Title: The Problem With Crazy Author: Lauren K McKellar Genre: NA Contemporary Romance Cover design: Rebecca Berto, of Berto Designs Release Date: February 13, 2014
The problem with crazy is that crazy, by itself, has no context. It can be good crazy, bad crazy . . . or crazy crazy—like it was when my ex-boyfriend sung about me on the radio. Eighteen-year-old Kate couldn’t be more excited about finishing high school and spending the summer on tour with her boyfriend’s band. Her dad showing up drunk at graduation, however, is not exactly kicking things off on the right foot—and that’s before she finds out about his mystery illness, certain to end in death.
A mystery illness she is likely to inherit.
When your whole life goes from adventure and ecstasy to sad and suicidal, what’s the point? Not knowing who to love, and who to trust . . . where does it end?
The Problem With Crazy is a story about love and life; about overcoming obstacles, choosing to trust, and learning how to make the choices that will change your life forever.
*A portion of sales from this book will be donated to a Huntington’s disease-related charity (details TBC)
AMAZON US: http://amzn.to/1dpm2UL
AMAZON UK: http://amzn.to/1b0uF92
Holy hell. I don’t know what to say. I just literally finished The Problem with Crazy and I don’t know what to say… I’m speechless. There are only a few books which have made me feel the way this book did. And that is a sign of a freakin good book. Seriously, everyone needs to go buy this once it’s out. But I must warn you (the author needs to do this too!) have tissues at the ready when you read this. This book made me cry not once, not twice, but three times! The author just gets emotion. Before I ramble on any longer, I will finish by saying BUY THIS BOOK! It’ll be a shame if it doesn’t go places. 5 gazillion twinkling stars!
I raised my hands to my sides and lifted up my T-shirt, throwing it over my head and letting it land on the floor next to me. Swaying my hips to the side, I threw my hands out in a ta-da movement, like I was the host on a game show.
“And the jeans.” Dave nodded and took a few steps back to the bed, sitting down and crossing his arms. His face was blank, and his eyebrows were raised. I’d never seen him look so unimpressed.
I flipped the button and undid my fly, slowly pulling my skinny jeans over my thighs, my knees, my calves, and finally my ankles and feet. There was no way to do it and be sexy, so I settled for not falling over. I stepped out of my pants and stood up straight, in only my underwear.
Dave checked his cell for messages.
I felt sick.
Lauren K. McKellar is a writer and editor of fact and fiction. She has worked in publishing for more than eight years, and recently returned to her first love: writing books that make you feel.
Lauren loves to write for the Young and New Adult markets, and blogs with Aussie Owned and Read, as well as vlogging with the YA Rebels.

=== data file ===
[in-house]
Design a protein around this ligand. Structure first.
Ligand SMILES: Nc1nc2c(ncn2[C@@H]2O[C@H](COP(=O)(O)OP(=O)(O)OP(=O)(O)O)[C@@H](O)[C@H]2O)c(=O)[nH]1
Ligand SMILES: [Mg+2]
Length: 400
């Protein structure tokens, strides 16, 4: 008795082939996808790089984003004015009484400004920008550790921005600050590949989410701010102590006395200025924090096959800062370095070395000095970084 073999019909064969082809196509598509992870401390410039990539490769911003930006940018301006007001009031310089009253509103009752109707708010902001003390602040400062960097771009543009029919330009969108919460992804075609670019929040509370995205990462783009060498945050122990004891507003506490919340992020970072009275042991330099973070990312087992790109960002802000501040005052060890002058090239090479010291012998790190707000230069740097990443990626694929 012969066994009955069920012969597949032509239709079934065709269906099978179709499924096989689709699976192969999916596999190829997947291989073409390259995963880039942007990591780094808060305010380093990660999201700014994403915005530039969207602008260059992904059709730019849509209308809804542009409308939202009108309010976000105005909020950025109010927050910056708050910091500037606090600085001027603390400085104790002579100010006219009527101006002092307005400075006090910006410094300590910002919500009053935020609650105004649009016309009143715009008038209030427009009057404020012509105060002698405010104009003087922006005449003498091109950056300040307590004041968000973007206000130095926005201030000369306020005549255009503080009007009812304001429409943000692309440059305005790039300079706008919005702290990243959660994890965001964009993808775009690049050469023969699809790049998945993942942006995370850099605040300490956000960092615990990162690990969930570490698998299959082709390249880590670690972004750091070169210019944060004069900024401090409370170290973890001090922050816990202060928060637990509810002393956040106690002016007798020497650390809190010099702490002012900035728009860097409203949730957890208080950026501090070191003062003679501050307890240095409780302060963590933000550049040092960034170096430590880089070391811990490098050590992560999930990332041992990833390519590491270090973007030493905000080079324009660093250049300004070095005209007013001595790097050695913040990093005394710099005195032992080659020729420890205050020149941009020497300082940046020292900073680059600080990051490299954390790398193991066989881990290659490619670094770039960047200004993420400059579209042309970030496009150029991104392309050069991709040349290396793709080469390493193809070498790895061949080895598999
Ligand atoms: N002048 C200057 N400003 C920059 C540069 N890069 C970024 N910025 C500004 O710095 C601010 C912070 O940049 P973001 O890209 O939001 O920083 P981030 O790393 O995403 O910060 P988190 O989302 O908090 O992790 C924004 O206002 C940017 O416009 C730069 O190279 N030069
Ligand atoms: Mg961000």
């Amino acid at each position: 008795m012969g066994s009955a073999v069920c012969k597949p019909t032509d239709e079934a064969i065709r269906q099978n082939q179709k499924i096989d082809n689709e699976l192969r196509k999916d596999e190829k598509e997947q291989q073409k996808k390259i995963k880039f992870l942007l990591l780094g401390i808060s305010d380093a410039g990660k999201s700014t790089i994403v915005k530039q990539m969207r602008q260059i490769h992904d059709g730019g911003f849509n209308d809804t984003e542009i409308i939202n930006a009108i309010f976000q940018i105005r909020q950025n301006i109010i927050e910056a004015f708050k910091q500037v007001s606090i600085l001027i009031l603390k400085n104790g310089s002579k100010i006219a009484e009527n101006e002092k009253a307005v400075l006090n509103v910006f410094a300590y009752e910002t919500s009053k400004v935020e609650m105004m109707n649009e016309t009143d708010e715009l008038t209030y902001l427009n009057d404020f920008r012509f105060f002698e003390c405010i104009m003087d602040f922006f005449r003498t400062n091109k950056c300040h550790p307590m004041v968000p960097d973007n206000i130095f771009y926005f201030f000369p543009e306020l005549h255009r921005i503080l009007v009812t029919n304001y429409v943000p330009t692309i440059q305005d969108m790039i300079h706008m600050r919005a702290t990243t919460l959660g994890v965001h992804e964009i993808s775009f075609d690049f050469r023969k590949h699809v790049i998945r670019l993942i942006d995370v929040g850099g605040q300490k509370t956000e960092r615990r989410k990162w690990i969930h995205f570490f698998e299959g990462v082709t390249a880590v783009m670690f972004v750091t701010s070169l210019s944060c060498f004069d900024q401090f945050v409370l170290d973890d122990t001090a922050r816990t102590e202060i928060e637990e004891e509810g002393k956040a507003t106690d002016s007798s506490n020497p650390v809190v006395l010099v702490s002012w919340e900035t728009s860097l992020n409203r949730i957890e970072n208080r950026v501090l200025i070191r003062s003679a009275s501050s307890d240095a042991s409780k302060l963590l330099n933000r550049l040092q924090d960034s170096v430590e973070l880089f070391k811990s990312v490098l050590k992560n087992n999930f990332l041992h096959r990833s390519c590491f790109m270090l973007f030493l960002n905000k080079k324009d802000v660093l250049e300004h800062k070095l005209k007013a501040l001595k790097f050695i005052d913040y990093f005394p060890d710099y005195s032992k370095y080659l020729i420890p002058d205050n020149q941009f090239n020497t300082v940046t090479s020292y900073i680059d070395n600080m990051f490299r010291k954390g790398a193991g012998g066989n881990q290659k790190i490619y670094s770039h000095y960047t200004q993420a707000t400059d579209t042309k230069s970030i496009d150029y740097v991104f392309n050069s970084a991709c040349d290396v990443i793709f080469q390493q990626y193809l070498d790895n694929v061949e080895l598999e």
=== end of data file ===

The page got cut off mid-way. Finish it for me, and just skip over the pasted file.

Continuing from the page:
In her free time, Lauren enjoys long walks on the beach with her two super-cute dogs and her partner-in-crime/fiancé.
WRITING ABOUT ILLNESS
Writing about illness and disease is obviously dancing with danger. After all, when you’re talking about a condition that can change, and eventually, strip someone of their life, it’s important to treat the topic with sensitivity and do it justice. Stuffing up things like symptoms, treatment and other conditional specifications can not only leave you labeled a liar, but also leave you responsible for potentially causing a sufferer insult and/or injury.
The Problem With Crazy deals with Huntington’s disease, a neurodegenerative disorder that results in a loss of brain function and, approximately 15-20 years after onset, death. And that’s putting it in simple terms.
When writing about this disease, I wanted to keep as close to the facts as I could. Being a lesser-known condition than, say, cancer, or Parkinson’s, it was difficult at first to gather facts.
Eventually, I approached a few organisations, state bodies for sufferers of this illness, to fact check and gather information. This was difficult as a writer; asking people to give up their time for something that may never be published is hard, especially when you’re asking such personal questions. Still, I was lucky enough to speak with a person at the Huntington’s foundation in Victoria, and they helped me a lot.
I also learnt a lot from talking with sufferers and relatives of sufferers. They showed me a unique angle to the disease I hadn’t at that point considered: a compassion, and positive focus I may not have been aware of otherwise.
In the end, I asked another state body to read through the book for any factual errors. At the end of the day, this illness isn’t my story to tell–it’s theirs, and I don’t want to misrepresent it. Still, I do expect there to be an element or two of information that perhaps isn’t quite accurate. When it comes down to it, I haven’t suffered from this illness, nor has anyone in my family, thank goodness. It is for this reason that I hope you, as a reader, understand that this is a work of fiction, and for more information on this disease